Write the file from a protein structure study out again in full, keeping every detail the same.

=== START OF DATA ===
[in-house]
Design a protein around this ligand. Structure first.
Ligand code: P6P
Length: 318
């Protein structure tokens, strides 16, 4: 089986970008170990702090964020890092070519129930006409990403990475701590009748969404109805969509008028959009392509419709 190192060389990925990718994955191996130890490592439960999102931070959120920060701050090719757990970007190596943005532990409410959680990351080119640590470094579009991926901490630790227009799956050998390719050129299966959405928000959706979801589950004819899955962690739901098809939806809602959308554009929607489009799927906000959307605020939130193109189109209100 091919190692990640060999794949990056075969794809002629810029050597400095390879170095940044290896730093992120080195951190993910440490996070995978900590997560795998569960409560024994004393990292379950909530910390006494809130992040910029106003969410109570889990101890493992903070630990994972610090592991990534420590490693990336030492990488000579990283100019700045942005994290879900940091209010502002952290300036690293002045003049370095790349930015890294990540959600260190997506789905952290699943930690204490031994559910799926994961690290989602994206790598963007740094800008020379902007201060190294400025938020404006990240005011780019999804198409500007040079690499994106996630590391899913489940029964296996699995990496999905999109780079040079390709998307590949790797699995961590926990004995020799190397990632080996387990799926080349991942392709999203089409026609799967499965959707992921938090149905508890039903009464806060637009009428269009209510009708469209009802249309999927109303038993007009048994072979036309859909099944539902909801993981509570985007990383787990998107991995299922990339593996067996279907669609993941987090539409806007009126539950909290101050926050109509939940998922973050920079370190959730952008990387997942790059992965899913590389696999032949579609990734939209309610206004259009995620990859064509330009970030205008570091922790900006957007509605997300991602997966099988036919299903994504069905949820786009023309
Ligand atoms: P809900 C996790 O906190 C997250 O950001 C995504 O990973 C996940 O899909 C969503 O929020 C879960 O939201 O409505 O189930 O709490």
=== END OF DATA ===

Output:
[in-house]
Design a protein around this ligand. Structure first.
Ligand code: P6P
Length: 318
């Protein structure tokens, strides 16, 4: 089986970008170990702090964020890092070519129930006409990403990475701590009748969404109805969509008028959009392509419709 190192060389990925990718994955191996130890490592439960999102931070959120920060701050090719757990970007190596943005532990409410959680990351080119640590470094579009991926901490630790227009799956050998390719050129299966959405928000959706979801589950004819899955962690739901098809939806809602959308554009929607489009799927906000959307605020939130193109189109209100 091919190692990640060999794949990056075969794809002629810029050597400095390879170095940044290896730093992120080195951190993910440490996070995978900590997560795998569960409560024994004393990292379950909530910390006494809130992040910029106003969410109570889990101890493992903070630990994972610090592991990534420590490693990336030492990488000579990283100019700045942005994290879900940091209010502002952290300036690293002045003049370095790349930015890294990540959600260190997506789905952290699943930690204490031994559910799926994961690290989602994206790598963007740094800008020379902007201060190294400025938020404006990240005011780019999804198409500007040079690499994106996630590391899913489940029964296996699995990496999905999109780079040079390709998307590949790797699995961590926990004995020799190397990632080996387990799926080349991942392709999203089409026609799967499965959707992921938090149905508890039903009464806060637009009428269009209510009708469209009802249309999927109303038993007009048994072979036309859909099944539902909801993981509570985007990383787990998107991995299922990339593996067996279907669609993941987090539409806007009126539950909290101050926050109509939940998922973050920079370190959730952008990387997942790059992965899913590389696999032949579609990734939209309610206004259009995620990859064509330009970030205008570091922790900006957007509605997300991602997966099988036919299903994504069905949820786009023309
Ligand atoms: P809900 C996790 O906190 C997250 O950001 C995504 O990973 C996940 O899909 C969503 O929020 C879960 O939201 O409505 O189930 O709490």